Immigration Equality and Citizen Crain, two blogs I like, are having a discussion on the lack of support for the Uniting American Families Act (the bill that would allow gays to sponsor their partners for immigration purposes in the US) from the two frontrunners in the Democratic presidential nomination: Obama and Clinton. As I see it, the discussion would be more interesting if the issue were harder, but the issue is not hard at all.
Here's the deal: Obama and Clinton say they are withholding support for UAFA because of a concern for immigration fraud. Obama's camp claims that:
"He [Obama] wants to make sure that immigration is possible for a partner in committed relationships, but he also wants to make sure there is a good mechanism for determining who qualifies for that status. He would like to see the Act [UAFA] get more specific with regards to defining ‘financial interdependence’ and the documentation required as proof in order to establish relationships — which could very well happen once the bill reaches the Senate floor."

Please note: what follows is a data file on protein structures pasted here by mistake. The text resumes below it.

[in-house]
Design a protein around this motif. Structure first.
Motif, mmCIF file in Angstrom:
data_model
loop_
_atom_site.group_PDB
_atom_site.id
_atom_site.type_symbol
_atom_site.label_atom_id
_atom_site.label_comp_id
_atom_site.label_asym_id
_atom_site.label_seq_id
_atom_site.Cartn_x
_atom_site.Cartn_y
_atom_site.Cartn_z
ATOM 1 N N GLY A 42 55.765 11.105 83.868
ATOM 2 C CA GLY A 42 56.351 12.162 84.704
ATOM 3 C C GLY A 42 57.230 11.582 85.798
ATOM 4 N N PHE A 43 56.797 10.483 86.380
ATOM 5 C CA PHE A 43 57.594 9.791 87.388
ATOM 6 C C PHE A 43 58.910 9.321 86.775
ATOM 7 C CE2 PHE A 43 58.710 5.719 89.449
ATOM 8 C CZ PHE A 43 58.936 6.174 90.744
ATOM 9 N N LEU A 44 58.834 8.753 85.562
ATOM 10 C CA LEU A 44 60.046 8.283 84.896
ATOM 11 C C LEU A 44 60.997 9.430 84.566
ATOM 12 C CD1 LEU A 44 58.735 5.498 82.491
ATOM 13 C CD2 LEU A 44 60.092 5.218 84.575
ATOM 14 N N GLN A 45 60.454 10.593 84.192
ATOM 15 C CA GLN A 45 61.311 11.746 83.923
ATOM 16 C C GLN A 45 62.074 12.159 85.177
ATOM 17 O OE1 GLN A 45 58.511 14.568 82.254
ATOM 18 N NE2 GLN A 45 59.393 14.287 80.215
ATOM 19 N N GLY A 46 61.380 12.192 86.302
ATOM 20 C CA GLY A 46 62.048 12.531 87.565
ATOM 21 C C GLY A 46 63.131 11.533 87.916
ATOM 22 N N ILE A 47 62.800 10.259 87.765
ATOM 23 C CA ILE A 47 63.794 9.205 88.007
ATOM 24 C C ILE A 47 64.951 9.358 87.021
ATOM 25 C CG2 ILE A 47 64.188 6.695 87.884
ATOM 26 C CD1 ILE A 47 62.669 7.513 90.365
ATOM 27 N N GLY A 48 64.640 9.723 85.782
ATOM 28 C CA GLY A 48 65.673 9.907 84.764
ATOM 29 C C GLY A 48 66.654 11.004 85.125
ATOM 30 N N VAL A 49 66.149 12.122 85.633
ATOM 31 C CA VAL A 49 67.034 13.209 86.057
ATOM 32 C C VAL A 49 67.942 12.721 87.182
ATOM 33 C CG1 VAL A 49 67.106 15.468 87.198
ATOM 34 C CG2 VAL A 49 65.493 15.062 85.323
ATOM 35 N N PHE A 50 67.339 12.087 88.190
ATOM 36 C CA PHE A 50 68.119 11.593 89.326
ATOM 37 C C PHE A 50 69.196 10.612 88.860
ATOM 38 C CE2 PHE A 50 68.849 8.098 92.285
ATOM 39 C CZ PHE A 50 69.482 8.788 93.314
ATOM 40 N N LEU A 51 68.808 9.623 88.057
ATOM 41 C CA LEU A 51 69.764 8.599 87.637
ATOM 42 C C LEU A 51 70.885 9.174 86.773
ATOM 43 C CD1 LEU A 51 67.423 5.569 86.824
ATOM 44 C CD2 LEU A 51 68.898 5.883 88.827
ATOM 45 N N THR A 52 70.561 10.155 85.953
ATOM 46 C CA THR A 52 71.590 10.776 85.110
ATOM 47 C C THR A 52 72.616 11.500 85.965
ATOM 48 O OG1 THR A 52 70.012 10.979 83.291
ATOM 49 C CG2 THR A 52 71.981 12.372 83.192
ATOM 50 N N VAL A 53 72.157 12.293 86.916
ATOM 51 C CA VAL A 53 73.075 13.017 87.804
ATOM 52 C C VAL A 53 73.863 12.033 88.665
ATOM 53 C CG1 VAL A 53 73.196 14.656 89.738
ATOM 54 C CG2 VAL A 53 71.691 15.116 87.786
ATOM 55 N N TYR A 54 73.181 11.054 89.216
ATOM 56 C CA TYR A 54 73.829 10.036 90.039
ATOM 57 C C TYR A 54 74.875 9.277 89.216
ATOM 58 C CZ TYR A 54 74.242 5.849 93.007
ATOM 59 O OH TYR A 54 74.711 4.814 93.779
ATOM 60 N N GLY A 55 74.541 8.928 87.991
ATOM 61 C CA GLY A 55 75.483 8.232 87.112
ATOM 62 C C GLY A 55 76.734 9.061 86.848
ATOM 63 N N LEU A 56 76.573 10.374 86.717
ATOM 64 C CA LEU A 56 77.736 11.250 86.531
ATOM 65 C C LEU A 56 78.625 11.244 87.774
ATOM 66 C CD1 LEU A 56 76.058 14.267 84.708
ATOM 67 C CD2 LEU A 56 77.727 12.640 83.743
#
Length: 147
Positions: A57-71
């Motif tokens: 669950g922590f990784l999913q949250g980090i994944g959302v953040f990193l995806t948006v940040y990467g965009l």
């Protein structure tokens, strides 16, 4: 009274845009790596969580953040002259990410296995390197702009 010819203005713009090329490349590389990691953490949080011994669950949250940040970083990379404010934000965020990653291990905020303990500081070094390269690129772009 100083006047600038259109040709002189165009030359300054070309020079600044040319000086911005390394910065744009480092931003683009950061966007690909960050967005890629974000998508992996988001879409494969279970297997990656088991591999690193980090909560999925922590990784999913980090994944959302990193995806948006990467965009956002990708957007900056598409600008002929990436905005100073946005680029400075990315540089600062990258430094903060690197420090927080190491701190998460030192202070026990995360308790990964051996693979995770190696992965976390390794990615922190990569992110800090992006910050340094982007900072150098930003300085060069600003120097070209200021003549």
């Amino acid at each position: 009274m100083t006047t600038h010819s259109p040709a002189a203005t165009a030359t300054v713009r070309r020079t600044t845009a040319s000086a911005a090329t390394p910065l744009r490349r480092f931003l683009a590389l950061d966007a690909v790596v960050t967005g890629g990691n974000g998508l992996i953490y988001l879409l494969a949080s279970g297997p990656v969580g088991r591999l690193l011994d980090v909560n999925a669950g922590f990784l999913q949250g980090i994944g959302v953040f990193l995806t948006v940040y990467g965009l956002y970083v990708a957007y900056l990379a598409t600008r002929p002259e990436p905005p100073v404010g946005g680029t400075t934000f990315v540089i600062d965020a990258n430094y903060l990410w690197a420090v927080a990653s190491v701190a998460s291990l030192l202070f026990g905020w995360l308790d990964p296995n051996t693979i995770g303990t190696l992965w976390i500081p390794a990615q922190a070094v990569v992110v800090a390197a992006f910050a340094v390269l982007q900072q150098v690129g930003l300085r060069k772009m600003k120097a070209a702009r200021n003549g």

As I see it, it is easy to side with Immigration Equality on this matter. They put it nicely:
"For our part, this is nothing new from the Obama camp and a continued attempt to have it both ways. The fraud protections in the UAFA are exactly the same as they are for married (opposite-sex) couples. I perhaps haven’t pushed this point hard enough in previous exchanges, but the fraud protections in the UAFA are not the problem. The problem is that politicians do not understand LGBT relationships and do not consider them bona fide. Whether it is because a marriage certificate cannot be issued, or some deeper discomfort with LGBT marriages we do not know, but to deny LGBT couples a marriage certificate and then say that because there is no marriage certificate you must be subjected to more intense scrutiny is discriminatory, and wrong. Let’s not forget that Obama does not support gay marriage while at the same time claims civil unions extend exactly the same rights as does a marriage certificate.
The fraud protections in the UAFA are no more loose or no more strict that current fraud provisions for opposite-sex couples. It is unfortunate that Sen. Obama, the child of a binational couple whose marriage was once as frowned upon as LGBT relationships does not see this double standard for what it is. We are continuing to work with the Obama camp to bring them onto the UAFA but we will not let them off the hook so easily."
What do you think?